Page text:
You Make a Living from What You Get - But You Make a Life from What You Give

domenica 26 giugno 2011


Narmin Mohammadi, a traveller who occasionally works in London as a successful fashion PR, also takes time to write about her experiences in her city allotment.  Here is her latest installment:


Just over three weeks ago, I decided to take a Friday afternoon off to spend a few hours on the allotment. I wanted to give everything a good watering as we were having such a dry period. I pottered about, checking on the progress of the veggies, delighted that the radishes and beetroot were growing so fast, and generally happy that the plants were coming along nicely despite the lack of rain. I then went home in the early evening to discover the bottom half of my front door missing and the police waiting for me- I, along with three of my neighbours, had been burgled.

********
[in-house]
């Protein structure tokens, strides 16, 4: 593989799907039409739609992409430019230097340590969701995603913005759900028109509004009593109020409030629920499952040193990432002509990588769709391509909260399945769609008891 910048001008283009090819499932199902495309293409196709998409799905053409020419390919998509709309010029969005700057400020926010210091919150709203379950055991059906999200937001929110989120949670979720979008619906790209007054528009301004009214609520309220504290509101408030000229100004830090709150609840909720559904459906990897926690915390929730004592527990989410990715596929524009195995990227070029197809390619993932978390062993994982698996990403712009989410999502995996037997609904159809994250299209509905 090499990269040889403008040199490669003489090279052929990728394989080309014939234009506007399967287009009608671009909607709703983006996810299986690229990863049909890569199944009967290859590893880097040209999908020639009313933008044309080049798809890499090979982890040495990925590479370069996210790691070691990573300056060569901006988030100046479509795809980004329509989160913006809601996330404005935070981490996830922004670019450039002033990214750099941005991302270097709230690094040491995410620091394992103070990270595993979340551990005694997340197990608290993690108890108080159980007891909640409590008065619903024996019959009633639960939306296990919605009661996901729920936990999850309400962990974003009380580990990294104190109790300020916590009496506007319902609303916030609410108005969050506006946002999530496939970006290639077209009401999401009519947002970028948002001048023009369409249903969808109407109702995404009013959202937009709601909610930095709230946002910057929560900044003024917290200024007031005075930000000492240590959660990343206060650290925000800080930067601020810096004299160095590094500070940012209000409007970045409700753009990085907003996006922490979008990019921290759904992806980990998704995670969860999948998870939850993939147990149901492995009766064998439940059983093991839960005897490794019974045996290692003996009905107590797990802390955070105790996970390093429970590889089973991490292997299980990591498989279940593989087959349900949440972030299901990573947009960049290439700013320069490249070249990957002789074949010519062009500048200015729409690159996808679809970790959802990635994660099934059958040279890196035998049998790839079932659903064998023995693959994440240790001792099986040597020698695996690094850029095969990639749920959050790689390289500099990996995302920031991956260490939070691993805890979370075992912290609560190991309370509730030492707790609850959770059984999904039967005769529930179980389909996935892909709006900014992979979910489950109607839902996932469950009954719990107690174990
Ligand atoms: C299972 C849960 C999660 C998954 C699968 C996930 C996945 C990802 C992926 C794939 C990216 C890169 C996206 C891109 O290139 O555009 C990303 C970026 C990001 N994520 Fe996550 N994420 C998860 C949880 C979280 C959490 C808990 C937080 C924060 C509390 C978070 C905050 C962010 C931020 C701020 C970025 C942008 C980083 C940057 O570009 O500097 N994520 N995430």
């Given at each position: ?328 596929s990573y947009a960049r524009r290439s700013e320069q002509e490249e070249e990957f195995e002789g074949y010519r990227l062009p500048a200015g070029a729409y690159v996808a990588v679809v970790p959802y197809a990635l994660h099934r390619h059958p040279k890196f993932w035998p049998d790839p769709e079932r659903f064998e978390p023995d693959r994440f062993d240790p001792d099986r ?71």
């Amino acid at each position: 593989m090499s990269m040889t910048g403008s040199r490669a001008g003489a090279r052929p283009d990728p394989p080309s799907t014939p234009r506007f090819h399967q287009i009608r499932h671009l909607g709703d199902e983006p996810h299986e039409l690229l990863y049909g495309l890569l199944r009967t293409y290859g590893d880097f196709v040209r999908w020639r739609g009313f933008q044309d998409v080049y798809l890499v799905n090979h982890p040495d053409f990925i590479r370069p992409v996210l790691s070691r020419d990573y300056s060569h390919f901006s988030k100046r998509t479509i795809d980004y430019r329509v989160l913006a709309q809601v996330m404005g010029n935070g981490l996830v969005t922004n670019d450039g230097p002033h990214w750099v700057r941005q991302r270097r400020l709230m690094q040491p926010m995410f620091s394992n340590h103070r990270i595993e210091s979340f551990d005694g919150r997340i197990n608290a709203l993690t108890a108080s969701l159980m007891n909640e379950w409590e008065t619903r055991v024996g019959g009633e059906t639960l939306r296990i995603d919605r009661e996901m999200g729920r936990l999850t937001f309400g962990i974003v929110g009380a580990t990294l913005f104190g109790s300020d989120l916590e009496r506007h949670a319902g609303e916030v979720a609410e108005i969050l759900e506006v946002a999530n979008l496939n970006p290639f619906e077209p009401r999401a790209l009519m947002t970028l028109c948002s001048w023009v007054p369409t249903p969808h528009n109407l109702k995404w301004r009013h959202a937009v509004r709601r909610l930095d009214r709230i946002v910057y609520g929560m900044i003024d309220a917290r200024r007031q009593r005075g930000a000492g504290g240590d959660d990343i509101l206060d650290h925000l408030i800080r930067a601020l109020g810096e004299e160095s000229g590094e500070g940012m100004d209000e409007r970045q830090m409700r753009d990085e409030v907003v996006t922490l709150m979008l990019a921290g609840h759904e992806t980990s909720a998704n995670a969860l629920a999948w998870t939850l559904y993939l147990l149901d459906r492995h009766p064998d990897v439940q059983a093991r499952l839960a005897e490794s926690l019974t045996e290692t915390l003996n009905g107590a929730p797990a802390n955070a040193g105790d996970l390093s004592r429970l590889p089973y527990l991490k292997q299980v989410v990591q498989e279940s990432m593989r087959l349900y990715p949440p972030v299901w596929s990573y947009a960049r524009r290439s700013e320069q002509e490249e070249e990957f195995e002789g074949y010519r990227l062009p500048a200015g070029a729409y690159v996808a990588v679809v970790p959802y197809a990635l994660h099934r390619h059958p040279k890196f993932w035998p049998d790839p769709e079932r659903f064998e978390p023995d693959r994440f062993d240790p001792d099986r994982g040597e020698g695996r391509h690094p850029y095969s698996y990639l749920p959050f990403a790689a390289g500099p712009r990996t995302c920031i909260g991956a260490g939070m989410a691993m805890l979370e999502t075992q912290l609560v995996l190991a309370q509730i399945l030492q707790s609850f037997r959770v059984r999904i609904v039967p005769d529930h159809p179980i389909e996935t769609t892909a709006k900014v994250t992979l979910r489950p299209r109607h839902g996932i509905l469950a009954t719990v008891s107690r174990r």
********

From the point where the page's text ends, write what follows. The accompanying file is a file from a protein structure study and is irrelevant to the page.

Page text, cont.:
The first few days after the burglary, I didn't want to leave the flat. My mother managed to persuade me to get to the allotment to water the plants by driving me over so that I didn't feel too anxious about being away from home for more than a couple of hours. My wonderful allotment neighbours tried to cheer me up by giving me plants - special thanks to Harry for all the kale (two varieties no less!) and to Hope for goving me punnets of her delicious raspberries. Once my new door was in, I felt safe leaving the flat unattended and was looking forward to spending proper time at the allotment. On my first proper visit after the burglary, I noticed that all the gooseberry bushes were bare. I put it down to birds eating the berries. I then got suspicious when I looked around the bushes and didn't see any berries on the ground; if the birds had been picking at the bushes, then there would be some fallen berries. But there were none. My gooseberries had been stolen. I felt sick, and incredibly upset - who would want to steal unripe berries? I am surrounded by, and have come across, such generous people at the site that it feels like such a kick in the stomach to think that there are thieves amongst them. I still find it hard to believe that a fellow allotmanteer would do such a thing. I'd like to think that it was a rogue visitor who stole my gooseberries.  So I told eveyone I saw over the next few days and was sad to discover that there's been a history of stealing in my area of the allotment. But  upwards and onwards; no use crying over stolen unripe berries. I  now have a project for the winter- to build a fruit cage where we will keep all our berries under lock and key. Unfortunately, I have learnt the hard way that I need to protect my berries  in the same way that I protect my flat.

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